Staying Safer & Supporting Survivors During COVID-19

Concerns about accessing services should a survivor live with their partner using abuse:

This is tricky. We don’t want to cut off access to services, and we acknowledge the potential risk of a survivor reaching out for help while they’re sharing space with their partner who uses abuse. We will help safety plan if given the opportunity. 

We encourage survivors to establish loose and adaptive safety plans, based on the following questions:

For community members in touch with a survivor, discuss the following with them:

  • Who are my people (Who will I reach out to? Who knows what’s happening? Who can come get me or can I go to should things get out of control?)
  • What do I need to bring if I leave (mindfulness about where to hide a ‘go-bag’, if possible)
  • When will I enact this plan? (will I call my friend or leave if my partner is escalating and I feel unsafe?)
  • We encourage conversation between survivors and their safe person. How would the survivor would like to be helped, if and when they need it. How does the safe person see that happening, and are they willing to do what the survivor wants them to? Discuss whether or not the police are to be called (involving the police can increase danger for survivors & their families; we CANNOT ASSUME this is an option for them).
  • Come together on an agreed upon plan of action.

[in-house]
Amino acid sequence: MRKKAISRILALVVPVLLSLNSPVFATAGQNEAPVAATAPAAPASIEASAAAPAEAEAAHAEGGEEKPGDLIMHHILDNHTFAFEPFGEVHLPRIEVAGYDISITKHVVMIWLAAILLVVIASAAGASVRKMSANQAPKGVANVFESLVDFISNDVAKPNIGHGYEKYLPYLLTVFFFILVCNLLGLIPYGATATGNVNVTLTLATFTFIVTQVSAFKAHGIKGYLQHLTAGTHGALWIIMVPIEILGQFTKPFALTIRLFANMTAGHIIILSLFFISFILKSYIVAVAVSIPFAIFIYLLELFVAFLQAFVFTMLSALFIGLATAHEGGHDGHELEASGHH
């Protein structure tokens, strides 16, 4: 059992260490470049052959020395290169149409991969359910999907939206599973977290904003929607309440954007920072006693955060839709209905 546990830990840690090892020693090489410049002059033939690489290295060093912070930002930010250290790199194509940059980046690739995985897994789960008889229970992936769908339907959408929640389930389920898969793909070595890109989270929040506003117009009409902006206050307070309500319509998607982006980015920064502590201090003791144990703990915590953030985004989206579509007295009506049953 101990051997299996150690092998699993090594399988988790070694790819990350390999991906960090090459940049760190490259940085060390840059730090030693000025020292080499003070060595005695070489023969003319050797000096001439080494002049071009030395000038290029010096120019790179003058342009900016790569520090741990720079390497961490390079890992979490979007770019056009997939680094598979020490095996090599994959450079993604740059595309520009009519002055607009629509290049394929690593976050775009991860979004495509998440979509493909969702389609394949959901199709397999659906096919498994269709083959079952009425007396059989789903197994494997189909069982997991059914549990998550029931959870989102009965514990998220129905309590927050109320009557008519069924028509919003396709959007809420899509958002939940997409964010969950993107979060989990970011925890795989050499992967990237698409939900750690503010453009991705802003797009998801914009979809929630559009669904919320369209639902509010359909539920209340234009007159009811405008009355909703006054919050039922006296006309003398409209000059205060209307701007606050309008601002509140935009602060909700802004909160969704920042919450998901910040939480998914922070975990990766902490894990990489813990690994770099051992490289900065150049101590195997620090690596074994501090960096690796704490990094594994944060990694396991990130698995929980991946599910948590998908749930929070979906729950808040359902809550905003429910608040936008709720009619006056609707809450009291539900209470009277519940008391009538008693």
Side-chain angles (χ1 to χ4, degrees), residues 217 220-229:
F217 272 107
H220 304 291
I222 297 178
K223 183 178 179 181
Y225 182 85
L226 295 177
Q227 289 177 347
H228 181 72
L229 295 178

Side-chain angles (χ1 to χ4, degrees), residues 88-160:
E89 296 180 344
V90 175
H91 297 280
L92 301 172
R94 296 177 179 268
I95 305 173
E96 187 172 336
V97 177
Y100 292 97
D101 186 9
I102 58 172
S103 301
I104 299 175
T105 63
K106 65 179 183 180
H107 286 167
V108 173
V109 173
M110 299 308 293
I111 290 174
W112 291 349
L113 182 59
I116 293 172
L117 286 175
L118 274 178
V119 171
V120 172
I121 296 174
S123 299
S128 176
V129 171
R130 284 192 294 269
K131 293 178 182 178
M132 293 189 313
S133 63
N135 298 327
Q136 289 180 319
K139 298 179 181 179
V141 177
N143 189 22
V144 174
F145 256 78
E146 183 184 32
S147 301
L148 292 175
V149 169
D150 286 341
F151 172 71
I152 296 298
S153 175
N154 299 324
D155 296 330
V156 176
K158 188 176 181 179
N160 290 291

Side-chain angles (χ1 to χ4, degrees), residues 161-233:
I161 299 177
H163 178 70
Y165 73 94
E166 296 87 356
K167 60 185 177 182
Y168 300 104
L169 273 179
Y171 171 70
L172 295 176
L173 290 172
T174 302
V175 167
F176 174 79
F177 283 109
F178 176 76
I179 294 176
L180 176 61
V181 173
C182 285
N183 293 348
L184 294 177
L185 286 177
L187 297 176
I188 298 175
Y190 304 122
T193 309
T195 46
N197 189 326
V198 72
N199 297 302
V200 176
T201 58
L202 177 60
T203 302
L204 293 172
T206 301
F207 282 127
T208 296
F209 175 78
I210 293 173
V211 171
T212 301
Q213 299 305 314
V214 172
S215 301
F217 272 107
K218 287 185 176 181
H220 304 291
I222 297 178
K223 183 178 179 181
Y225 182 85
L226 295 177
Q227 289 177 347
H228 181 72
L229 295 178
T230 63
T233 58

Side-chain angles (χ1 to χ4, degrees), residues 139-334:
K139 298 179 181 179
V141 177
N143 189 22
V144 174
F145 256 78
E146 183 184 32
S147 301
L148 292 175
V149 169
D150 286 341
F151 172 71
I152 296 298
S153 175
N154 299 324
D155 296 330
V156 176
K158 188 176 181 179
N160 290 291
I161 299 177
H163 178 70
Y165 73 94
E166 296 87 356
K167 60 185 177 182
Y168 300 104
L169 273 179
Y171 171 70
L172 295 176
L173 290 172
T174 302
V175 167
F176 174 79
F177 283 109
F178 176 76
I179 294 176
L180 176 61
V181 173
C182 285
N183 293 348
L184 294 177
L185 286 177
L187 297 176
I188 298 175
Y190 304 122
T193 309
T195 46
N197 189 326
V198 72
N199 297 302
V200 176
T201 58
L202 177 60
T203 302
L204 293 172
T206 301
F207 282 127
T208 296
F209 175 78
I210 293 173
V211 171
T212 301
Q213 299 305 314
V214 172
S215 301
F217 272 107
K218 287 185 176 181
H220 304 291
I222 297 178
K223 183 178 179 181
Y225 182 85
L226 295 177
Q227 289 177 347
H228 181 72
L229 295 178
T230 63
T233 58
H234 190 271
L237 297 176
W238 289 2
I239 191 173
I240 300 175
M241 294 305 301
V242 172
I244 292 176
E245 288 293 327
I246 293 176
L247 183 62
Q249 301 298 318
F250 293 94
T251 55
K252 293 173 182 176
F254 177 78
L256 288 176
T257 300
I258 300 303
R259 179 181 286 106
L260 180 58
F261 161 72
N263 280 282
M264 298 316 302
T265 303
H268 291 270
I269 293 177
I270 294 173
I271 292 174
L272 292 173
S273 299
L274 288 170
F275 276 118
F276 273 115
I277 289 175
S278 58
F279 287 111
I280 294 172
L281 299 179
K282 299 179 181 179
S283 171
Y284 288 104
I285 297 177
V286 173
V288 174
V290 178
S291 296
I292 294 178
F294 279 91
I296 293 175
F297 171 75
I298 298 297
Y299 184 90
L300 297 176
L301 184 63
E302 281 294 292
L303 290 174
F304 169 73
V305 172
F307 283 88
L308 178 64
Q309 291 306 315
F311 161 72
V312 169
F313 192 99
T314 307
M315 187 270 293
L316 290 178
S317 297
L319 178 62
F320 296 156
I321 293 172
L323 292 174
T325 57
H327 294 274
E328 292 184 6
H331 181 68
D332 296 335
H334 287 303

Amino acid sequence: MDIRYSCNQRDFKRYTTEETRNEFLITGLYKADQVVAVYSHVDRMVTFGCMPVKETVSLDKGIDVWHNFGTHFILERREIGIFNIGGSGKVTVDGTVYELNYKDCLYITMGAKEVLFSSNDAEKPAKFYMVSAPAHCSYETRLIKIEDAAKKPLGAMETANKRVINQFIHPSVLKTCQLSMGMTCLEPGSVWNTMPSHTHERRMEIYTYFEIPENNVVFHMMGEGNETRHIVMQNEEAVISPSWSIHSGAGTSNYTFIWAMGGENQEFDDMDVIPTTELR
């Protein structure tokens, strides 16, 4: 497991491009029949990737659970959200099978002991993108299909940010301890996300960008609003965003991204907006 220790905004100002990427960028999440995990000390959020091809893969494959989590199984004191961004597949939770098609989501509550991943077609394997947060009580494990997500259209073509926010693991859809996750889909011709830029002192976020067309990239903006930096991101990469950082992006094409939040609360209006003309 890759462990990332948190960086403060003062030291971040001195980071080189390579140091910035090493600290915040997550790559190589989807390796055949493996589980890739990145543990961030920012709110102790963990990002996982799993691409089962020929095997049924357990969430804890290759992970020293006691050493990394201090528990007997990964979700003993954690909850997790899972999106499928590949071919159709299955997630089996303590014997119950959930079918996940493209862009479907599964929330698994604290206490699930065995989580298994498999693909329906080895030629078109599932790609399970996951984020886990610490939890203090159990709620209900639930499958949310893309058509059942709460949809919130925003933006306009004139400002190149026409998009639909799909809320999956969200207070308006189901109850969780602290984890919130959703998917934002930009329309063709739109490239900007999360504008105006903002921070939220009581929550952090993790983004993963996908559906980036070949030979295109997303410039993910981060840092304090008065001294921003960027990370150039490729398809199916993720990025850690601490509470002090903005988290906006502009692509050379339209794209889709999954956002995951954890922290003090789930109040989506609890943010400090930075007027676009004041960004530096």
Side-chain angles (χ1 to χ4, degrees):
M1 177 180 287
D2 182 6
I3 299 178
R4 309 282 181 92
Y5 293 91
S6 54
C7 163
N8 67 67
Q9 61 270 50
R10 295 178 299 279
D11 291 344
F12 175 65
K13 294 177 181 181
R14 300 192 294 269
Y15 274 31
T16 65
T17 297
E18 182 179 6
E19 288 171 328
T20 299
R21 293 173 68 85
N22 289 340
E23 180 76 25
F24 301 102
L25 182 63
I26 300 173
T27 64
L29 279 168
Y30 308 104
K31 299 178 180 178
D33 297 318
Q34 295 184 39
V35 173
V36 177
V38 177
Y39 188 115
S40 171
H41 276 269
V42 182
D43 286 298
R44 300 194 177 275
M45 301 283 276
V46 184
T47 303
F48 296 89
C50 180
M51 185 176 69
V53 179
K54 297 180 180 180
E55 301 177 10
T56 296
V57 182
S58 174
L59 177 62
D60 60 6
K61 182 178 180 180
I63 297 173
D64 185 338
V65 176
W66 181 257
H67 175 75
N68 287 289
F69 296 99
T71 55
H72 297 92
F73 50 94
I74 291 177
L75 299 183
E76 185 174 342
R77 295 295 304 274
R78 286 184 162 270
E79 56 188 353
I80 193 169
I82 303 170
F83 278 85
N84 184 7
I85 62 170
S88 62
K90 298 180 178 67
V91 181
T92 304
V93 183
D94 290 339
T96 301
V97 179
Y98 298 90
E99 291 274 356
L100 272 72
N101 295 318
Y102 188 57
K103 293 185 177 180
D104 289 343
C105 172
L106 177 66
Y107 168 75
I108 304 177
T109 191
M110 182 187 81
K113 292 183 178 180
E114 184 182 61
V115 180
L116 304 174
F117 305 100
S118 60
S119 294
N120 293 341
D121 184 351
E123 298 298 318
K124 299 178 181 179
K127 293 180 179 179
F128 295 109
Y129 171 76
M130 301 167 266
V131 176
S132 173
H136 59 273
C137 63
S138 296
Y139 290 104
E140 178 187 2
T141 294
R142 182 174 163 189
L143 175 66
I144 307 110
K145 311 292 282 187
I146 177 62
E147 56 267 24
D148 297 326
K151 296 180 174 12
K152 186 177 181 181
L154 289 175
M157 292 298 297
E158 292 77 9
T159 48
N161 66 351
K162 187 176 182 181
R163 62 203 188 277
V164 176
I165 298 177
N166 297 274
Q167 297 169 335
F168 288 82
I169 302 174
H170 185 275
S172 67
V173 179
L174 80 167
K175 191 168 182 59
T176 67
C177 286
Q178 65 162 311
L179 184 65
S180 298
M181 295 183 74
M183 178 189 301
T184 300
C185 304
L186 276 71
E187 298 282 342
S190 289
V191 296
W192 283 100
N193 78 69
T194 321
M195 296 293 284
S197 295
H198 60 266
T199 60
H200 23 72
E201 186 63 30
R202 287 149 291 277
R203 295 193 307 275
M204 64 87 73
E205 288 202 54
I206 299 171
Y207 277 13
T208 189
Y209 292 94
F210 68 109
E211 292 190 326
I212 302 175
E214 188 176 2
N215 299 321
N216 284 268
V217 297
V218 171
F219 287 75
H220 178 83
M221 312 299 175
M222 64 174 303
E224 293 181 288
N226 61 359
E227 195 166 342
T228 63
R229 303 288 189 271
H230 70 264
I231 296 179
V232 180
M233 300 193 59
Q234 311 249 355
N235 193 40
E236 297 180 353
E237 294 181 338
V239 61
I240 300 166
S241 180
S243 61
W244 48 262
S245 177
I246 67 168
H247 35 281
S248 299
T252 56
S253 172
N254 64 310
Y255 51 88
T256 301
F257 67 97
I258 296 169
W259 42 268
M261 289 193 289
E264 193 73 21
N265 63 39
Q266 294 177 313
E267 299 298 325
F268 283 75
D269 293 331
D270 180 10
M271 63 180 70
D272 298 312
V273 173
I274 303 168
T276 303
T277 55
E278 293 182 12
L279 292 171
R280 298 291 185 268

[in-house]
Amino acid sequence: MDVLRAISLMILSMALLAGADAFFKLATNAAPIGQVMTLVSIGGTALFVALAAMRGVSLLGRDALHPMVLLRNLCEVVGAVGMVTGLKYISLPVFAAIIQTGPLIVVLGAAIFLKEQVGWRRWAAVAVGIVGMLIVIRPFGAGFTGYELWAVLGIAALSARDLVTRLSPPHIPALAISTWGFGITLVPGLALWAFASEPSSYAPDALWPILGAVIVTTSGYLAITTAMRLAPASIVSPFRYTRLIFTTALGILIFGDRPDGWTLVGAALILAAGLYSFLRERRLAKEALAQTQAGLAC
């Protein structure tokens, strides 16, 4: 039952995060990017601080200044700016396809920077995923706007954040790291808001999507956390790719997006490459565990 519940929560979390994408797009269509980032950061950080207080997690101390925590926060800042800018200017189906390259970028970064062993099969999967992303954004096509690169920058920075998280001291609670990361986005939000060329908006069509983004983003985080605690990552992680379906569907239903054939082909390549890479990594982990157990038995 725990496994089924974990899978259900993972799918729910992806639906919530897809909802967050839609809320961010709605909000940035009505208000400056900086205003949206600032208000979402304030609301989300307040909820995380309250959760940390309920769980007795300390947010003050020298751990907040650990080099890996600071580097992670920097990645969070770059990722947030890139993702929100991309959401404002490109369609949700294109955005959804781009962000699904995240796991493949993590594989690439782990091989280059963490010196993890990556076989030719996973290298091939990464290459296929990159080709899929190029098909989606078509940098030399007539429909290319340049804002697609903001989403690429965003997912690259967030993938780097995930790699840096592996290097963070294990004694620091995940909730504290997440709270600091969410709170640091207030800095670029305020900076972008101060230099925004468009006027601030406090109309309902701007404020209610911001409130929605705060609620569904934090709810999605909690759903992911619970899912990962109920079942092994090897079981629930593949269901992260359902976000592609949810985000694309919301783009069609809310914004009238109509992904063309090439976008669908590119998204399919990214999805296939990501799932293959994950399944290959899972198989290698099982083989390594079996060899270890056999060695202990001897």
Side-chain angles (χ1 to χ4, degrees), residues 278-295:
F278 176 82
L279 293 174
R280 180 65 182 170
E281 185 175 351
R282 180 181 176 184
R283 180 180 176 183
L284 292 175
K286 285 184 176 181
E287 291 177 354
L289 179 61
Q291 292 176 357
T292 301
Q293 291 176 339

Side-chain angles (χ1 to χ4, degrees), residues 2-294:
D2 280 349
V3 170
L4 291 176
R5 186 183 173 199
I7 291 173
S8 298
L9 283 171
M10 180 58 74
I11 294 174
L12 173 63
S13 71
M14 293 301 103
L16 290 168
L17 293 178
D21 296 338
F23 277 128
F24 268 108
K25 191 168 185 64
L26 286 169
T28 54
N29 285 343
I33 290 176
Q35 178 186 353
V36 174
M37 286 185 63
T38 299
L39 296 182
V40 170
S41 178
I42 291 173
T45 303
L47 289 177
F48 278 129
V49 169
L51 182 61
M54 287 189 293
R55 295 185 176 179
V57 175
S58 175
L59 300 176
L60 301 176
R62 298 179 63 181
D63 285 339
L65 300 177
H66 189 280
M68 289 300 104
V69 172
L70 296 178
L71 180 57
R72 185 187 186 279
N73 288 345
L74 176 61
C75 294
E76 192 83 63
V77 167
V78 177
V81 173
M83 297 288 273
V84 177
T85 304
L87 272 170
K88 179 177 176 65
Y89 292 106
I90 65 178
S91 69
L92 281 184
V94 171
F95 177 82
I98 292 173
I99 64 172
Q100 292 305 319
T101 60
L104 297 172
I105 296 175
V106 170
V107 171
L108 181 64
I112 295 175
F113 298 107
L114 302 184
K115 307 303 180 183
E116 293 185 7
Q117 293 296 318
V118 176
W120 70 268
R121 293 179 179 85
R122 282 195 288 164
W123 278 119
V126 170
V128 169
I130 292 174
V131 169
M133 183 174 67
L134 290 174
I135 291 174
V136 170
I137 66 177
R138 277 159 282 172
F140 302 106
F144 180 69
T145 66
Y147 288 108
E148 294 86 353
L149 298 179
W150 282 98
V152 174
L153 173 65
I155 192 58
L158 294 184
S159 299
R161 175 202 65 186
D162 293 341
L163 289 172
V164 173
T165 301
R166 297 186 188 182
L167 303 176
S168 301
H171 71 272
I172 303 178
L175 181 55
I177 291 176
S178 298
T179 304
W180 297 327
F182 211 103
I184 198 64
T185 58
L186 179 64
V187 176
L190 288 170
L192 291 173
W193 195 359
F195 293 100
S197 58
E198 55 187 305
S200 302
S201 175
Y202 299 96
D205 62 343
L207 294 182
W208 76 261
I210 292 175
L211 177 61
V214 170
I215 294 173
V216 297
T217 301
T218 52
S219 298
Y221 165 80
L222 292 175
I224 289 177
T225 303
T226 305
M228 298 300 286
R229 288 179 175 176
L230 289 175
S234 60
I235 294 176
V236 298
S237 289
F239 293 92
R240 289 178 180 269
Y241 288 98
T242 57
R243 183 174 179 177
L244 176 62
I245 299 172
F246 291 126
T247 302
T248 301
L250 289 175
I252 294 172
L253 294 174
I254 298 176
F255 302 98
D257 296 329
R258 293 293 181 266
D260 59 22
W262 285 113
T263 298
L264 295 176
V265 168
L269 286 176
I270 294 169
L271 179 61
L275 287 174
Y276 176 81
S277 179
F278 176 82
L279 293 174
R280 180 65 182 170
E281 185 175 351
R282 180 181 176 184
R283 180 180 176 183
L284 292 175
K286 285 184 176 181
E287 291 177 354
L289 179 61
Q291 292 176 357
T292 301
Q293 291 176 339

• If possible, we encourage survivors to stay connected with a friend or two on a daily basis, if possible. For example, text OK to them once a day by a certain time. Craft a response plan to enact if friends don’t receive this text.
  • Have a short text to indicate help is needed; HELP or NEED U, even a code word like COLLAGE or MOVIE…something short and concise that lets a friend know to enact their agreed upon response plan. 
  • We always encourage survivors to trust their gut, and respond if something is telling them that they are in danger. That might mean enacting a plan like the one above, or it could mean leaving a room, changing seats or going to the bathroom.

In the house survivors might consider the following:

  • try to be by an exit 
  • try to stay away from weapons in the home
  • be aware as possible as to where the person using abuse is in the home

So, community. Check on your people. We are hearing that advice a lot right now. However, the complexity and need behind that piece of advice takes on new meaning in the context of domestic violence. Do what you can to let survivors know they aren’t alone.

Also, to temper our own crisis and uncertainty:

These lock-downs can lead to what is commonly referred to as a ‘standing-over phase’ in which a person using abuse focuses all their attention on the survivor. The person using abuse can begin to control every element of the survivor’s day. This might mean they can’t use their phone, eat a meal, tend to their children, even use the restroom. This phase commonly precipitates acts of violence ranging from additional emotional or mental abuse, physical abuse, or sexual assault, for example. 

Having said that, survivors often live in these ‘lock-down’ circumstances. People who use abuse often keep survivors isolated and confined. The shelter-in-place way of life is not uncommon for many survivors, but they are usually alone and others don’t understand their limited access to the outside world. We hope this element of shelter-in-place living will help the community to build some empathy around this element common in the lives of survivors. 

Our line is still open 24/7. If it’s safe for you to do so, please reach out to our Support Line at (415)864-4722.

Updated: March 20, 2020

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